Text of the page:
Creative design is a unique process and differs for everyone. At Proof, each designer has their own way of getting to the end product, but one process we’ve found especially helpful is designing on a grid. The “grid” gives us guidance and reference when we design websites and approach UX projects. There are many reasons this is a best-practice for our team.
The grid keeps your organized.
One of the main reasons to use a grid is for hierarchy. By establishing this structure of perpendicular and parallel lines you can consistently align objects, keeping ux designs nice and tidy. Pro tip: Start with a design and build your grid around it. Grids are highly flexible when it comes to the number of columns and rows needed. Just keep in mind that when designing, the number of columns and rows is directly related to how flexible the design will be. The more columns and rows you have, the more flexible the design is.
The grid makes your designs more precise.
A gridded design improves efficiency and allows you to get things done quickly without losing design integrity. The grid can significantly improve design time because it suggests where elements should be placed rather than where they could be placed. Compare your grid to the foundation of a building: you lay it down first, then build up from there.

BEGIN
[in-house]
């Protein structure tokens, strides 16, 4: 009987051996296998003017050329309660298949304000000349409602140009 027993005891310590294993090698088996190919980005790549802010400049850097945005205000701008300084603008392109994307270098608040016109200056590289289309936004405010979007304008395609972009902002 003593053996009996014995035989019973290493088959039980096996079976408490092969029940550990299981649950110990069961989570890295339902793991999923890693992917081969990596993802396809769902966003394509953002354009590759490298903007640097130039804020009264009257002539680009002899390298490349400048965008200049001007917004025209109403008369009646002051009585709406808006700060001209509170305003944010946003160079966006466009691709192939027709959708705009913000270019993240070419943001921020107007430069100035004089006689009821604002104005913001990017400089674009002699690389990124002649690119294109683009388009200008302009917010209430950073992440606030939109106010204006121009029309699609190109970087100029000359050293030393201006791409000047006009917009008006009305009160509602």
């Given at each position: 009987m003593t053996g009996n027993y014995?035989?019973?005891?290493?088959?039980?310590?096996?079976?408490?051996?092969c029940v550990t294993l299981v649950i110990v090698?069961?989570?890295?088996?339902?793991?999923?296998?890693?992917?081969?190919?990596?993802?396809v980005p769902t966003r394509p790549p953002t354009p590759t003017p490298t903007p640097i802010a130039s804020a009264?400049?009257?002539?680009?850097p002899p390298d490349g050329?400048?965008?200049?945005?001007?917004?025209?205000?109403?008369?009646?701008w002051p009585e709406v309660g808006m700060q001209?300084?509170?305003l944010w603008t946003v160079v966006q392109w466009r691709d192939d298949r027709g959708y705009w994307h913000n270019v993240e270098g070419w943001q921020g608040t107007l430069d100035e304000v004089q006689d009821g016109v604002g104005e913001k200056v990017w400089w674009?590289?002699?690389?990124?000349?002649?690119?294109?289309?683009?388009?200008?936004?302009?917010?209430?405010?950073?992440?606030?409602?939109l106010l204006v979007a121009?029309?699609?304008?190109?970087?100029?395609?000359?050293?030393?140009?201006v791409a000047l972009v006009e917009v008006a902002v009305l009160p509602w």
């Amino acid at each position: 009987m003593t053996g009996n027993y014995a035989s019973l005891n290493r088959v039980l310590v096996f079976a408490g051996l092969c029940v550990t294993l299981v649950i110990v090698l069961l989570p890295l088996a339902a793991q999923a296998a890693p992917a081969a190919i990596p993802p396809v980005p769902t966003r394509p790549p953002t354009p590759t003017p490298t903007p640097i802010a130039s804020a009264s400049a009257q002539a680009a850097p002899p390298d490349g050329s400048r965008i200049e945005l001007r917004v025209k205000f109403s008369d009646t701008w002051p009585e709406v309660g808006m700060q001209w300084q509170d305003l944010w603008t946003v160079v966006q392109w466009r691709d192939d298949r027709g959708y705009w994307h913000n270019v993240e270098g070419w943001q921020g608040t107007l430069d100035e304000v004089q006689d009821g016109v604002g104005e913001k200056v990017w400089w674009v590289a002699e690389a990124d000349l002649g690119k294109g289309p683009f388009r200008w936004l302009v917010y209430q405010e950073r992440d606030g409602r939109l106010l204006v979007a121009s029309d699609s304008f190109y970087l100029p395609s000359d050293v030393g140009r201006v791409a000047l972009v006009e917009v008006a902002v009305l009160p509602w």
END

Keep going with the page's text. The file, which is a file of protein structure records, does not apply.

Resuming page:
The grid makes collaboration easier.
Do you often find yourself handing over files to different designers and developers? Grids are a surefire way to reduce miscommunication. Having this solid foundation in place will set your team up for success. Every time a new designer/developer opens the file they can deduce how it’s been set up, where it was going, and hopefully take it over from there.
Websites will thank you. So will your developers.
Multi-page layouts can be daunting. The main problem is making everything cohesive. Before you get into the weeds of heavy design, establishing a strong grid will ensure layouts are transferable to multiple pages. Consistency between the 12 column grid (or however many you choose) will resonate through all pages, creating a familiar experience.
As much as we (designers) love to organically come up with layouts, next time you start a project – lay down your foundation. In doing this, I guarantee you’ll begin speeding up your process, become more consistent, have an easier time collaborating, and have your coworkers buy you lunch (well, maybe not the last one).